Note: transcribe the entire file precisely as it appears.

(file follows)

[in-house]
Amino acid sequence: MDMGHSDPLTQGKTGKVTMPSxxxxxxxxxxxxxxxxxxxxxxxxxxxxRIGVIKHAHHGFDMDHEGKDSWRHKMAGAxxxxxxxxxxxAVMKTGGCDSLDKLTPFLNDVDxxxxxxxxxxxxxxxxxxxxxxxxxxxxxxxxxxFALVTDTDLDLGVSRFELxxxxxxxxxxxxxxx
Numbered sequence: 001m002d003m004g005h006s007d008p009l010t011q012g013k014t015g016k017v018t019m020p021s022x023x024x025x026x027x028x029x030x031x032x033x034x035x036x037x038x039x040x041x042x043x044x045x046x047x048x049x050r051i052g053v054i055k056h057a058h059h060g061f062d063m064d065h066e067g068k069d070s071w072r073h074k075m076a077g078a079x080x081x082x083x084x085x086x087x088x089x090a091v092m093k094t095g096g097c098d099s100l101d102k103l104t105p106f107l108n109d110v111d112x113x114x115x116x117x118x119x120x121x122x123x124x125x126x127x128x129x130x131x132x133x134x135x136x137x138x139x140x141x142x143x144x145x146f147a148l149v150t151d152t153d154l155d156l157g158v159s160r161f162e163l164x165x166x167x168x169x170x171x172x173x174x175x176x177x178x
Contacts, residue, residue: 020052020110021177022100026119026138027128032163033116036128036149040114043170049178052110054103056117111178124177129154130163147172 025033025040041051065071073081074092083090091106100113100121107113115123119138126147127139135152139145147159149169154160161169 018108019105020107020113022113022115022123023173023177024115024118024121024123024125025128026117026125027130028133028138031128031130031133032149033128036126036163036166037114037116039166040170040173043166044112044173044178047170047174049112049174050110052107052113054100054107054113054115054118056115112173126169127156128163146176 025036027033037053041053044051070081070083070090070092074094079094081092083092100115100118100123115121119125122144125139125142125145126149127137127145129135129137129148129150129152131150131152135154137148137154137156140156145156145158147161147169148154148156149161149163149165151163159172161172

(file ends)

[in-house]
Amino acid sequence: MDMGHSDPLTQGKTGKVTMPSxxxxxxxxxxxxxxxxxxxxxxxxxxxxRIGVIKHAHHGFDMDHEGKDSWRHKMAGAxxxxxxxxxxxAVMKTGGCDSLDKLTPFLNDVDxxxxxxxxxxxxxxxxxxxxxxxxxxxxxxxxxxFALVTDTDLDLGVSRFELxxxxxxxxxxxxxxx
Numbered sequence: 001m002d003m004g005h006s007d008p009l010t011q012g013k014t015g016k017v018t019m020p021s022x023x024x025x026x027x028x029x030x031x032x033x034x035x036x037x038x039x040x041x042x043x044x045x046x047x048x049x050r051i052g053v054i055k056h057a058h059h060g061f062d063m064d065h066e067g068k069d070s071w072r073h074k075m076a077g078a079x080x081x082x083x084x085x086x087x088x089x090a091v092m093k094t095g096g097c098d099s100l101d102k103l104t105p106f107l108n109d110v111d112x113x114x115x116x117x118x119x120x121x122x123x124x125x126x127x128x129x130x131x132x133x134x135x136x137x138x139x140x141x142x143x144x145x146f147a148l149v150t151d152t153d154l155d156l157g158v159s160r161f162e163l164x165x166x167x168x169x170x171x172x173x174x175x176x177x178x
Contacts, residue, residue: 020052020110021177022100026119026138027128032163033116036128036149040114043170049178052110054103056117111178124177129154130163147172 025033025040041051065071073081074092083090091106100113100121107113115123119138126147127139135152139145147159149169154160161169 018108019105020107020113022113022115022123023173023177024115024118024121024123024125025128026117026125027130028133028138031128031130031133032149033128036126036163036166037114037116039166040170040173043166044112044173044178047170047174049112049174050110052107052113054100054107054113054115054118056115112173126169127156128163146176 025036027033037053041053044051070081070083070090070092074094079094081092083092100115100118100123115121119125122144125139125142125145126149127137127145129135129137129148129150129152131150131152135154137148137154137156140156145156145158147161147169148154148156149161149163149165151163159172161172